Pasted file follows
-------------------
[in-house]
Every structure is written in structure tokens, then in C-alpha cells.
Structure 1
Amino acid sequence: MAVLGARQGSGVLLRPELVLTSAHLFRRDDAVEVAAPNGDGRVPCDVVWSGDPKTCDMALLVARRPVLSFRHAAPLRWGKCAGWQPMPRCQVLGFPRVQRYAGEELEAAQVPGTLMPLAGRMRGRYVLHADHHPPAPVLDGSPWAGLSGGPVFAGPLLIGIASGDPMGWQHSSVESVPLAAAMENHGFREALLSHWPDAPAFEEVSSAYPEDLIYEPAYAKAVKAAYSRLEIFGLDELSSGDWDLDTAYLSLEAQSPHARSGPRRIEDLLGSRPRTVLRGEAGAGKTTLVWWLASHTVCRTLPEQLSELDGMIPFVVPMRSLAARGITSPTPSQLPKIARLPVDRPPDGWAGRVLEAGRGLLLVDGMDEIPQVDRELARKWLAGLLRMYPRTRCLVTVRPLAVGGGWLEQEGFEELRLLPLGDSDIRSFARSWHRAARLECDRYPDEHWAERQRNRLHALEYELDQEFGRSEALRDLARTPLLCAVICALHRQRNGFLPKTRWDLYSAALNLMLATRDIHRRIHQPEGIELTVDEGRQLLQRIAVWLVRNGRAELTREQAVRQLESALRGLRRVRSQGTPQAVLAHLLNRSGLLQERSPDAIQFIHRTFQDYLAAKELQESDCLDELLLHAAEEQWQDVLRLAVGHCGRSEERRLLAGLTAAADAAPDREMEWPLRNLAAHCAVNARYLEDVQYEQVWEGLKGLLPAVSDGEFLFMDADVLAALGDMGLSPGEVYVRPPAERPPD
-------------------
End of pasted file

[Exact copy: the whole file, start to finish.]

[in-house]
Every structure is written in structure tokens, then in C-alpha cells.
Structure 1
Amino acid sequence: MAVLGARQGSGVLLRPELVLTSAHLFRRDDAVEVAAPNGDGRVPCDVVWSGDPKTCDMALLVARRPVLSFRHAAPLRWGKCAGWQPMPRCQVLGFPRVQRYAGEELEAAQVPGTLMPLAGRMRGRYVLHADHHPPAPVLDGSPWAGLSGGPVFAGPLLIGIASGDPMGWQHSSVESVPLAAAMENHGFREALLSHWPDAPAFEEVSSAYPEDLIYEPAYAKAVKAAYSRLEIFGLDELSSGDWDLDTAYLSLEAQSPHARSGPRRIEDLLGSRPRTVLRGEAGAGKTTLVWWLASHTVCRTLPEQLSELDGMIPFVVPMRSLAARGITSPTPSQLPKIARLPVDRPPDGWAGRVLEAGRGLLLVDGMDEIPQVDRELARKWLAGLLRMYPRTRCLVTVRPLAVGGGWLEQEGFEELRLLPLGDSDIRSFARSWHRAARLECDRYPDEHWAERQRNRLHALEYELDQEFGRSEALRDLARTPLLCAVICALHRQRNGFLPKTRWDLYSAALNLMLATRDIHRRIHQPEGIELTVDEGRQLLQRIAVWLVRNGRAELTREQAVRQLESALRGLRRVRSQGTPQAVLAHLLNRSGLLQERSPDAIQFIHRTFQDYLAAKELQESDCLDELLLHAAEEQWQDVLRLAVGHCGRSEERRLLAGLTAAADAAPDREMEWPLRNLAAHCAVNARYLEDVQYEQVWEGLKGLLPAVSDGEFLFMDADVLAALGDMGLSPGEVYVRPPAERPPD